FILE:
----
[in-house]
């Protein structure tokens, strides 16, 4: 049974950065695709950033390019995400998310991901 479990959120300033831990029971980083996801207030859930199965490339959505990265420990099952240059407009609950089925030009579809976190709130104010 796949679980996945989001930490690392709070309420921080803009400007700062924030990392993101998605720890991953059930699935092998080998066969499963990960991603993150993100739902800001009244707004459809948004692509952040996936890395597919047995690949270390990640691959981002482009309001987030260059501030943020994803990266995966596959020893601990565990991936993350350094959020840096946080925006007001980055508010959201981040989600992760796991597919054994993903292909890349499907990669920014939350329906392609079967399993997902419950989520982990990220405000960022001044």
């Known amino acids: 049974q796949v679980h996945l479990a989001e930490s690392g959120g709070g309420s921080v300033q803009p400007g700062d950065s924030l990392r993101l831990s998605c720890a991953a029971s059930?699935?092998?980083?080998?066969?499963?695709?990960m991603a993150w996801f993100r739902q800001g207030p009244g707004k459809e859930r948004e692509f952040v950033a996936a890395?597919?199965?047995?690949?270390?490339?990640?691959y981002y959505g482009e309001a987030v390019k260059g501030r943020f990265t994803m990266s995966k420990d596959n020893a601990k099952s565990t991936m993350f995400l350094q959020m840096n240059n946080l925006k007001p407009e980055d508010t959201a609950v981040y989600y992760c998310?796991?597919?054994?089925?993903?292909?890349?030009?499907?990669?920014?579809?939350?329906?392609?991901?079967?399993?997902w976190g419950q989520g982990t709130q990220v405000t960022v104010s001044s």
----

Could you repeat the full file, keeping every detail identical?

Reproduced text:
[in-house]
């Protein structure tokens, strides 16, 4: 049974950065695709950033390019995400998310991901 479990959120300033831990029971980083996801207030859930199965490339959505990265420990099952240059407009609950089925030009579809976190709130104010 796949679980996945989001930490690392709070309420921080803009400007700062924030990392993101998605720890991953059930699935092998080998066969499963990960991603993150993100739902800001009244707004459809948004692509952040996936890395597919047995690949270390990640691959981002482009309001987030260059501030943020994803990266995966596959020893601990565990991936993350350094959020840096946080925006007001980055508010959201981040989600992760796991597919054994993903292909890349499907990669920014939350329906392609079967399993997902419950989520982990990220405000960022001044």
């Known amino acids: 049974q796949v679980h996945l479990a989001e930490s690392g959120g709070g309420s921080v300033q803009p400007g700062d950065s924030l990392r993101l831990s998605c720890a991953a029971s059930?699935?092998?980083?080998?066969?499963?695709?990960m991603a993150w996801f993100r739902q800001g207030p009244g707004k459809e859930r948004e692509f952040v950033a996936a890395?597919?199965?047995?690949?270390?490339?990640?691959y981002y959505g482009e309001a987030v390019k260059g501030r943020f990265t994803m990266s995966k420990d596959n020893a601990k099952s565990t991936m993350f995400l350094q959020m840096n240059n946080l925006k007001p407009e980055d508010t959201a609950v981040y989600y992760c998310?796991?597919?054994?089925?993903?292909?890349?030009?499907?990669?920014?579809?939350?329906?392609?991901?079967?399993?997902w976190g419950q989520g982990t709130q990220v405000t960022v104010s001044s």